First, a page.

Rust diseases in ornamentals

Ornamentals Advisory Blog

Rust diseases are common fungal infections that affect a wide range of floricultural crops, including Carnation, Roses, Chrysanthemums, Hypericums, Fuchsia, Geraniums, Gladiolus, Lilium, Marigold, Poinsettia, Snapdragons, Statice and Viola (including pansy). Rusts have the potential to negatively impact floriculture production. Rust fungi are obligate parasites, dependent upon a live host for growth and development, and seldom kill plants. However, rust infection reduces plant health and vigor, flower production, and aesthetic value.


Each type of Rust has its own distinctive symptoms and its own specific plant hosts. The disease often first appears as chlorosis on the upper surfaces of leaves. All rust fungi produce powdery masses of spores in pustules, typically on leaf undersides that are yellow, orange, purple, black or brown. Some Rust fungi produce pustules on upper leaf surfaces as well. Spores are easily spread on air or with splashing water. Lesions may coalesce resulting in large areas of necrosis; leaf distortion and defoliation often follow.

Life cycle

Rust Disease Life Cycle

Rust produces four spore stages, but only roses are affected. Urediospores ("repeating spores") are produced in yellow, orange, or brown pustules and spread the disease rapidly. Rusts usually spend the winter as teliospores, which require a dormant period before germination. Basidiospores are produced from germinating teliospores and start the initial infection. One infection is established, aeciospores are produced, often upon alternate hosts, in cup-shaped bodies that are easily seen. The aeciospores cannot reinfect the host upon which they are produced, only the alternate host, which produces the repeating spores (urediospores).

Rose rust

Caused by Phragimidium mucronatum first appears in the spring as bright orange pustules on leaf undersides, leaf stalks and branches. In the summer, small raised orange spots appear on the undersides of leaves with small yellow specks on the upper surface beginning on the lower leaves and moving upward. The spots may go unnoticed until the plant begins to exhibit a generally unhealthy appearance and a loss of the lower leaves. Leaves may become dry and twisted before falling off.

Carnation rust

Caused by Uromyces diantha, this rust disease is characterized by small pustules of powdery, brown urediospores. These spores are carried over only on live plants. Resistant cultivars are available.

Chrysanthemum rust

Two species of Puccinia causes rust on chrysanthemums P. chrysanthemi and P. horiana. P. chrysanthemi is characterized by dirty-brown pustules and yellowish-green spots on upper surfaces of leaves. It causes minor damage in the field and is uncommon on greenhouse plants. Severe infestation may damage large areas of leaves and lead to defoliation and reduced flower production.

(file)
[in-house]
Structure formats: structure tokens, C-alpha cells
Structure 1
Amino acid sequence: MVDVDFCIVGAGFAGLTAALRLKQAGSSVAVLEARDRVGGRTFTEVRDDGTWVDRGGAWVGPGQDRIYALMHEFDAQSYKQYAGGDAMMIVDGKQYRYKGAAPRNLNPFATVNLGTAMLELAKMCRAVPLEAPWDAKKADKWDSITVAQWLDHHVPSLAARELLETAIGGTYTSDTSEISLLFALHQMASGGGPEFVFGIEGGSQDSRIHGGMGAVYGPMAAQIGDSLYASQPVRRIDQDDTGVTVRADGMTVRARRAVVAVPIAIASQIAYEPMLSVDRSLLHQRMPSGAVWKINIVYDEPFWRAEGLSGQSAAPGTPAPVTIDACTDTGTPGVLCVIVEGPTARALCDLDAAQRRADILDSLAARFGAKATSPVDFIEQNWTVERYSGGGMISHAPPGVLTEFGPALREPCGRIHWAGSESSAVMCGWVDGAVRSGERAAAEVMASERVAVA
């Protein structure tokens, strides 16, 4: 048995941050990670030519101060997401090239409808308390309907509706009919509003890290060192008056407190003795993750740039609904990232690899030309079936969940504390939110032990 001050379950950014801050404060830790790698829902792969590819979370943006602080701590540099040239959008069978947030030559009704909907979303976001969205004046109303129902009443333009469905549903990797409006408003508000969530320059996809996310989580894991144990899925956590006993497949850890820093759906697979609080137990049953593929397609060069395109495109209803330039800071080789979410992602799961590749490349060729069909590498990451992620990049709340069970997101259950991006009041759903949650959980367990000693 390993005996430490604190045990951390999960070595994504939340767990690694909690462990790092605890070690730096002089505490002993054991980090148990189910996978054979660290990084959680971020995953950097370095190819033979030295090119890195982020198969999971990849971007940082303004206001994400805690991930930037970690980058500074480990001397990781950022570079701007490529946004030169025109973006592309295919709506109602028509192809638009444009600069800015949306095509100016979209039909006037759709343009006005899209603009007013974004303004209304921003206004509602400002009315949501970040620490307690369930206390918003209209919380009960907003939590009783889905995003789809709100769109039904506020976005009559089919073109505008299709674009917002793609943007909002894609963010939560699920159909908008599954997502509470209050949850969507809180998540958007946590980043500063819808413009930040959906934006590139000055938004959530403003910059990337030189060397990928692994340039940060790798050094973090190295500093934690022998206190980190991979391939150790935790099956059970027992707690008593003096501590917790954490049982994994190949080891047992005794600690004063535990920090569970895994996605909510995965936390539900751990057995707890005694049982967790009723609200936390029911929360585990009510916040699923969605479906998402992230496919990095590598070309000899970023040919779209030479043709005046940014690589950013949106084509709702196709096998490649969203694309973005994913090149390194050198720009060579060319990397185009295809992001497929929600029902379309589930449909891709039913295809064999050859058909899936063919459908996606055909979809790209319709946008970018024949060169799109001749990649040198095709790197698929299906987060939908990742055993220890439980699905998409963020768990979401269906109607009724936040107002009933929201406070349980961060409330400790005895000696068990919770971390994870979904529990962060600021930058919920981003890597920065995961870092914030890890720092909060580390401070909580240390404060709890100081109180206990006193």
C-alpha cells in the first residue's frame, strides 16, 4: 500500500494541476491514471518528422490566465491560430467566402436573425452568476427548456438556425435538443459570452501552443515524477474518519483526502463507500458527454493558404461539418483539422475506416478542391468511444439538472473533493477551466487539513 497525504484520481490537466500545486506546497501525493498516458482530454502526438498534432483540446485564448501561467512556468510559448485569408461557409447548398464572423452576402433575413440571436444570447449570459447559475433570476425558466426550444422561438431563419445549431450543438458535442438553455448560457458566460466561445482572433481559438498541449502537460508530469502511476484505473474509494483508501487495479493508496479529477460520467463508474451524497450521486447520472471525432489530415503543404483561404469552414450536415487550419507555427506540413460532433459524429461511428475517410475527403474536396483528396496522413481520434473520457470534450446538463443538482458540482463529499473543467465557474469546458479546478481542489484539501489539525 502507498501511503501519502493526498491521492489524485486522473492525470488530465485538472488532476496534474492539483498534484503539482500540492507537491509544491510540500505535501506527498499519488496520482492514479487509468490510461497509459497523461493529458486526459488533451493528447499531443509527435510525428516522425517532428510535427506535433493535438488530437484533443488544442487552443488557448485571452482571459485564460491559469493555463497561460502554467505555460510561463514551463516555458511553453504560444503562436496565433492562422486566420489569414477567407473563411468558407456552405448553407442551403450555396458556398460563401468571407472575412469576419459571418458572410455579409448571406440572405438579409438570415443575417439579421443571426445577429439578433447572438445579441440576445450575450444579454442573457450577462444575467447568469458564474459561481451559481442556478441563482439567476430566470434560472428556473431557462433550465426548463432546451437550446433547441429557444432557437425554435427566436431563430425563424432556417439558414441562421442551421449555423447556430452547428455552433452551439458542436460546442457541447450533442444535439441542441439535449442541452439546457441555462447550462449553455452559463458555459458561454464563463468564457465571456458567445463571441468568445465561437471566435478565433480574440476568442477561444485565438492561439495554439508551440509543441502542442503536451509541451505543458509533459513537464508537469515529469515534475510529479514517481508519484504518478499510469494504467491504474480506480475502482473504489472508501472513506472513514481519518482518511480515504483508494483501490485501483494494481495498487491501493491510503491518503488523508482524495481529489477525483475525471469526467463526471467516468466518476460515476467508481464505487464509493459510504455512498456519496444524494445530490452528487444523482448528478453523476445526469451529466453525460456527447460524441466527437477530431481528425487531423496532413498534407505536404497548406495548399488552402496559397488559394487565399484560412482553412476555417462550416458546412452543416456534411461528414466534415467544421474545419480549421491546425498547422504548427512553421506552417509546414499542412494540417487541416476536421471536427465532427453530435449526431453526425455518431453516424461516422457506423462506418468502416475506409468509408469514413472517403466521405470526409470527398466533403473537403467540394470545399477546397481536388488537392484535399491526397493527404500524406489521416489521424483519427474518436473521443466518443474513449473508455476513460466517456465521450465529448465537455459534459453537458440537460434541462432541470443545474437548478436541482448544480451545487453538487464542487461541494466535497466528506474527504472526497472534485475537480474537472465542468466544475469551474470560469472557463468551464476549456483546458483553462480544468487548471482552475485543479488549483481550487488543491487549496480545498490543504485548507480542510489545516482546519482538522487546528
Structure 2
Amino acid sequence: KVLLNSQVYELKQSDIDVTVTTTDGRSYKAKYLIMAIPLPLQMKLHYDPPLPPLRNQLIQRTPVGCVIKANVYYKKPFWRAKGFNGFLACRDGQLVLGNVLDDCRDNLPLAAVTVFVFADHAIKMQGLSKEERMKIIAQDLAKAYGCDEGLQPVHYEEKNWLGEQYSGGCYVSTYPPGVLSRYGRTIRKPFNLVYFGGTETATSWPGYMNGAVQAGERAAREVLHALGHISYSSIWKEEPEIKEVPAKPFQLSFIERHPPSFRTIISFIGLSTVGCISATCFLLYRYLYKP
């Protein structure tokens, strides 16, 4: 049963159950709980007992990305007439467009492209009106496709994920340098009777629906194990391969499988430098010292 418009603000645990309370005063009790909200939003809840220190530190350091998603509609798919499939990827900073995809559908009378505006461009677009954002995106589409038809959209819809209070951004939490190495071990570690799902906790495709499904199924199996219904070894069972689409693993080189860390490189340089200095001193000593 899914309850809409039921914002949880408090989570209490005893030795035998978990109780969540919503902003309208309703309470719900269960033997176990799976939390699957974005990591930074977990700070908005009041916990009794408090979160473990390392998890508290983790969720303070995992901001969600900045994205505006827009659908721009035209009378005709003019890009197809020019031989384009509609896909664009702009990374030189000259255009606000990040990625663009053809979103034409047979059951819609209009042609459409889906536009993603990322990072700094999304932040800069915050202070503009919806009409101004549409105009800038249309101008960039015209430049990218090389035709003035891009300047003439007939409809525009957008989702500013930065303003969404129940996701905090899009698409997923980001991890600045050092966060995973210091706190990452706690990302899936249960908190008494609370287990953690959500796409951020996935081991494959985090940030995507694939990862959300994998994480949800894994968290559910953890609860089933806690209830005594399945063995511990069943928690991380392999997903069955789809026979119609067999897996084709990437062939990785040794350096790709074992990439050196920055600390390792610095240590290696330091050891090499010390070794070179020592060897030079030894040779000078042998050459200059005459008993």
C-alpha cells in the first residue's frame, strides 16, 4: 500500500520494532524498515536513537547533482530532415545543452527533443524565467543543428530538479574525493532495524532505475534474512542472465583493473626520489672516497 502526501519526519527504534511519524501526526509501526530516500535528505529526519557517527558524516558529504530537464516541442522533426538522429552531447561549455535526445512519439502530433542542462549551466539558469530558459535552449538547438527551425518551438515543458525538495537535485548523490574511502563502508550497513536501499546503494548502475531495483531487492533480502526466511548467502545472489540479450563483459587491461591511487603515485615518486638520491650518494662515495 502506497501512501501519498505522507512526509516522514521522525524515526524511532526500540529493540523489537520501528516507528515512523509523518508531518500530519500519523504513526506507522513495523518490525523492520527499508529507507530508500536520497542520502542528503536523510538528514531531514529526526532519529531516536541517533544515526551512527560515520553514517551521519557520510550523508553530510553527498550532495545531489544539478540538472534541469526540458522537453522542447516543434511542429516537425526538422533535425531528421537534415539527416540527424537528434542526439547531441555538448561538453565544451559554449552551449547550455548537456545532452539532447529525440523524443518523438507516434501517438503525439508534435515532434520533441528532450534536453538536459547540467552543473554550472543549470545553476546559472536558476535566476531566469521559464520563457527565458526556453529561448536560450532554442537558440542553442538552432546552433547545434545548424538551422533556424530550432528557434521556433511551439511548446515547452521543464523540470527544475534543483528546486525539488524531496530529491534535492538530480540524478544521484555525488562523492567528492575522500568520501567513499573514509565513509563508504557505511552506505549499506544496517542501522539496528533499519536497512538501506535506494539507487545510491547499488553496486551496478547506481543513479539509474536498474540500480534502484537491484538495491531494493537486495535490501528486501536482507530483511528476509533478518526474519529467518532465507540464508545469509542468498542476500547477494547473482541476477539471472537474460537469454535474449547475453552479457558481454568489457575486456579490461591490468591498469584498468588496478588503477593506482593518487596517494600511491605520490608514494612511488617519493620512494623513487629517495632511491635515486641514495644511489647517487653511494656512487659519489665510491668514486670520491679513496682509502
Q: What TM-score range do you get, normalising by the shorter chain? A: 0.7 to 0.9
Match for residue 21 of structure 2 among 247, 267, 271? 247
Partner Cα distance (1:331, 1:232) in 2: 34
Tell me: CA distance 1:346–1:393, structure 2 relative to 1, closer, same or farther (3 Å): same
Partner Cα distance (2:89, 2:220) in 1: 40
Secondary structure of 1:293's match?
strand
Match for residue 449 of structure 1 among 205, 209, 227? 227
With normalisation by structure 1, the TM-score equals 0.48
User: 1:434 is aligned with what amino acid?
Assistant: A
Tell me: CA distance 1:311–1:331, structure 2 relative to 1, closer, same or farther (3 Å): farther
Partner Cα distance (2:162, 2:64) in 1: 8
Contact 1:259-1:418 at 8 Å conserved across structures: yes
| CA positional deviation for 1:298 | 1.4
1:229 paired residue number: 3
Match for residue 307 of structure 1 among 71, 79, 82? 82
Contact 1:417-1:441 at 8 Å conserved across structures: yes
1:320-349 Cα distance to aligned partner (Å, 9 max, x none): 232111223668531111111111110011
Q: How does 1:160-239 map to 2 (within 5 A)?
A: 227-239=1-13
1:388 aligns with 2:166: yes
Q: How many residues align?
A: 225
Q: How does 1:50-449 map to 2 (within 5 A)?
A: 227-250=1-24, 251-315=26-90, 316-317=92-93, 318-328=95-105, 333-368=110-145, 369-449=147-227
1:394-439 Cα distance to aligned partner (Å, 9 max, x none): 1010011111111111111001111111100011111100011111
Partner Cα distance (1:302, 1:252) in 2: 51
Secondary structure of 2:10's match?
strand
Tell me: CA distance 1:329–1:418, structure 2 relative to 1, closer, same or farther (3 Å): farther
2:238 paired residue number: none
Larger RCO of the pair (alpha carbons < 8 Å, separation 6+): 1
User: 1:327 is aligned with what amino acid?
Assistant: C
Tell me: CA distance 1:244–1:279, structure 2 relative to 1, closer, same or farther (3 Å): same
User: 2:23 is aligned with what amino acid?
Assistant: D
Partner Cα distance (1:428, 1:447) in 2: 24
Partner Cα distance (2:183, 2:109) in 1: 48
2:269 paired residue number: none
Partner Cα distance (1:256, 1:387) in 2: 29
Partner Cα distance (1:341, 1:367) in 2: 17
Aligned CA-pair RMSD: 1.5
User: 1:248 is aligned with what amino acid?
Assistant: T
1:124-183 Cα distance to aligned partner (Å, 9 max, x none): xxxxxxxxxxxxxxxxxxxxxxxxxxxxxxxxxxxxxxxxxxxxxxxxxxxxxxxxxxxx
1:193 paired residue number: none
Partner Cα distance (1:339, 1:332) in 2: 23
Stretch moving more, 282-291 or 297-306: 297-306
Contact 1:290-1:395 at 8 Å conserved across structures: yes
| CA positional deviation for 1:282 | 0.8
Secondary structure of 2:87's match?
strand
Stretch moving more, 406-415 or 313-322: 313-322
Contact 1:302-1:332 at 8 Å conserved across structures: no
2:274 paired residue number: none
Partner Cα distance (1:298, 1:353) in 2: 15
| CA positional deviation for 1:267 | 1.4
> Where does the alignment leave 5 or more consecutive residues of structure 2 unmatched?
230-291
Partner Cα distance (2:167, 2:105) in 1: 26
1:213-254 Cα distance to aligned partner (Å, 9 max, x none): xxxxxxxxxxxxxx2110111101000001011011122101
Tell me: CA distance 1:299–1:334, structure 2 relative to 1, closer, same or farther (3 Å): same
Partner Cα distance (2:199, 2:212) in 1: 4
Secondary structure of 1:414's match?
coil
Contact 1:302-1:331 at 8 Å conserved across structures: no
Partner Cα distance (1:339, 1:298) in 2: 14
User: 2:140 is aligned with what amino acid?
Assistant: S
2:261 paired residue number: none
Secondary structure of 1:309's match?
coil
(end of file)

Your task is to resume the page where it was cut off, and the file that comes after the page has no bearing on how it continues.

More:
P. horiana causes Chrysanthemum white rust and the symptoms are white, pinkish or brownish pustules produced on leaf undersides with white, yellow, to pale-green lesions on upper leaf surfaces. Chrysanthemum white rust results in leaf distortion, discoloration, defoliation, and plant death.

Viola species rust

Caused by Puccinia viola and symptoms first appear as small, pale green spots on the upper leaf surface. As the fungus develops within the leaf, corky spots, blisters, or pustules containing rusty brown spores develop on leaf undersides.

Geranium rust

Caused by Puccinia pelargoni-zonalis is most serious on Florist's geraniums, but has also been reported on zonal geraniums and seedling geraniums. Geranium rust occurs throughout due to the ease with which it is spread on infected cuttings. This rust spends its entire life cycle on geranium (autoecious). Symptoms first appear as small, circular, yellow spots on the top of leaves opposite the pustules on the lower leaf surface. The spots on the lower leaves enlarge to blister-like pustules of rust to cinnamon brown spores which often develop in concentric rings.

Management of rust diseases

Purchase only disease-free plants or cuttings. Frequently remove all rust-infected leaves and badly infected plants and destroy by burning, rapid composting, or burying At the end of the growing season, carefully clean up and destroy all crop debris. Sterilize benches and propagation rooms with an appropriate greenhouse disinfectant. Keep the humidity within the greenhouse at less than 80%. Practice only surface watering and avoid splashing water onto foliage. Space plants to allow for good air circulation. A combination of cultural and chemical control is often required to control rust diseases.

Chemical control recommendations

Daconil, Ortiva, Ortiva Top, Score, Solvit and Thiovit

To find out more about rust disease in your horticulture crops here.